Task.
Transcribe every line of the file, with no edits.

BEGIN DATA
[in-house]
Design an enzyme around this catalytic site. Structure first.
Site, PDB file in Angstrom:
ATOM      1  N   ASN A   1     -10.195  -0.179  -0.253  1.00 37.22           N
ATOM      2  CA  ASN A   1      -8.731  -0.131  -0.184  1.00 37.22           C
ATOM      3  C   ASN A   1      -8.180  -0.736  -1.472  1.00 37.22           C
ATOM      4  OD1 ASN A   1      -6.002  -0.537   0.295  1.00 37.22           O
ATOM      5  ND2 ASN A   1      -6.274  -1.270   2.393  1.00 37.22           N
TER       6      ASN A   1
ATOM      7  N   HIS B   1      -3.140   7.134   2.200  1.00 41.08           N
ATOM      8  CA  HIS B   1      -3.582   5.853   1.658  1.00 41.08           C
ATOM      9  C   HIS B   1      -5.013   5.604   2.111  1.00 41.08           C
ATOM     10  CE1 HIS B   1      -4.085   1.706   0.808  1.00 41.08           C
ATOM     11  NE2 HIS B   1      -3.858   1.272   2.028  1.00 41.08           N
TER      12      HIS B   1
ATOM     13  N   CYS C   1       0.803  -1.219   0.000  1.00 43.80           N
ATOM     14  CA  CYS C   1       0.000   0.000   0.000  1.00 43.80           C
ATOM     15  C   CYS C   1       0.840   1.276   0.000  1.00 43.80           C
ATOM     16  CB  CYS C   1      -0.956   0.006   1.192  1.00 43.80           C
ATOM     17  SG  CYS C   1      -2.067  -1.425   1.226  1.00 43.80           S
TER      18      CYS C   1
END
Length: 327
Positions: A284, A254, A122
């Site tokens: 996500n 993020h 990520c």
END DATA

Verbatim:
[in-house]
Design an enzyme around this catalytic site. Structure first.
Site, PDB file in Angstrom:
ATOM      1  N   ASN A   1     -10.195  -0.179  -0.253  1.00 37.22           N
ATOM      2  CA  ASN A   1      -8.731  -0.131  -0.184  1.00 37.22           C
ATOM      3  C   ASN A   1      -8.180  -0.736  -1.472  1.00 37.22           C
ATOM      4  OD1 ASN A   1      -6.002  -0.537   0.295  1.00 37.22           O
ATOM      5  ND2 ASN A   1      -6.274  -1.270   2.393  1.00 37.22           N
TER       6      ASN A   1
ATOM      7  N   HIS B   1      -3.140   7.134   2.200  1.00 41.08           N
ATOM      8  CA  HIS B   1      -3.582   5.853   1.658  1.00 41.08           C
ATOM      9  C   HIS B   1      -5.013   5.604   2.111  1.00 41.08           C
ATOM     10  CE1 HIS B   1      -4.085   1.706   0.808  1.00 41.08           C
ATOM     11  NE2 HIS B   1      -3.858   1.272   2.028  1.00 41.08           N
TER      12      HIS B   1
ATOM     13  N   CYS C   1       0.803  -1.219   0.000  1.00 43.80           N
ATOM     14  CA  CYS C   1       0.000   0.000   0.000  1.00 43.80           C
ATOM     15  C   CYS C   1       0.840   1.276   0.000  1.00 43.80           C
ATOM     16  CB  CYS C   1      -0.956   0.006   1.192  1.00 43.80           C
ATOM     17  SG  CYS C   1      -2.067  -1.425   1.226  1.00 43.80           S
TER      18      CYS C   1
END
Length: 327
Positions: A284, A254, A122
């Site tokens: 996500n 993020h 990520c």